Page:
Why Seven Roads?

Pennocrucium, an ancient roman settlement in what is now Staffordshire, England, was apparently a bustling military town with a market that had goods for sale originating all around the Roman Empire. While it was first thought to be a relatively minor settlement, a convergence of seven ancient Roman roads to the area, combined with the discovery of several military forts, signified the area's considerable importance as a major hub within the United Kingdom.

Our goal is to be that symbolic hub, traversing those seven roads for you, finding the best products at the best prices, and saving you time and money. It is not our intention of being a marketplace, and we certainly don't want to repeatedly shove ads down your throat. And, with new innovative tools in development, we also anticipate being in the position to help other websites widen their revenue stream.

One of our representations of the seven Roman roads is the seven major product lines we intend to support, the first being books. The second obvious representation is that we strive to find a minimum of seven sources for each product. For example, we currently query ten different sources for books each time you do a search on our website.

A Brief History of SevenRoads.com

The concept of SevenRoads.com actually began several years ago. The first version was published on November 5, 1998, which compared the prices of books from four separate online bookstores. The RDL National Search Engine, which hosted the then-titled Bookstore Comparison Application, was a relatively small search engine that received only 30,000 visitors per day at its peak, but was considered the 11th ranked search engine in terms of relevancy and ease of use. Sadly, in late 1999, the search engine pulled its plug due to decreased advertising revenues and a viscious Denial-of-Service attack from an unknown company using the then-free version of AltaVista web crawling software. At over 8,000 hits per hour, RDL National's ISP cut off its service, blaming the search engine for its use of "bad software" that utilized too many system resources. After two months of communication, the ISP finally agreed, based on the system logs, that it truly was a DoS attack. Unfortunately, it was too late to save the RDL National Search Engine, and consequently the Bookstore Comparison Application was moth-balled.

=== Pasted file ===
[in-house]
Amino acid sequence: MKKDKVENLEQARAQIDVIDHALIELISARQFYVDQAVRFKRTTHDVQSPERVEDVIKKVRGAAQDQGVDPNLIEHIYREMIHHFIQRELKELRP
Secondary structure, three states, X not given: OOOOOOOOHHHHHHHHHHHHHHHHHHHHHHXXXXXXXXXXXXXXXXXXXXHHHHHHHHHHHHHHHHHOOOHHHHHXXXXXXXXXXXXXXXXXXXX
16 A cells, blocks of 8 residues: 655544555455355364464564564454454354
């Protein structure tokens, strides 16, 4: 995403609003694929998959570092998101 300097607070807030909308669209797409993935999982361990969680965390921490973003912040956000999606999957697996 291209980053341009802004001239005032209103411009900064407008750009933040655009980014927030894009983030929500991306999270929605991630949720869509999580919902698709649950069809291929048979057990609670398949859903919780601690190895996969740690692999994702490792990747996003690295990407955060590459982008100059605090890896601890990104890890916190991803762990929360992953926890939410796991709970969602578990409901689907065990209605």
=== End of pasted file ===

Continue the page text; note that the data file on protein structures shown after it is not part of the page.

On September 27, 2001, the application was republished. Not just an update, it is a total rewrite; the old version only supported lookup by ISBN number, while the latest evolution allows multiple methods of lookup, even used simultaneously. The web scrapers were rewritten and the filters had to be regenerated. The entire look and feel changed, and the backend supports new methods and technologies that are currently under development.

On December 5, 2002, Seven Roads began taking real-time XML feeds directly from Amazon, thereby increasing the speed and reliability of obtaining information on searches. All other venders are still queried using older web-scraping technologies, but continue to provide more accurate real-time data than any other so-called comparison sites!

We hope you find the new SevenRoads.com very useful!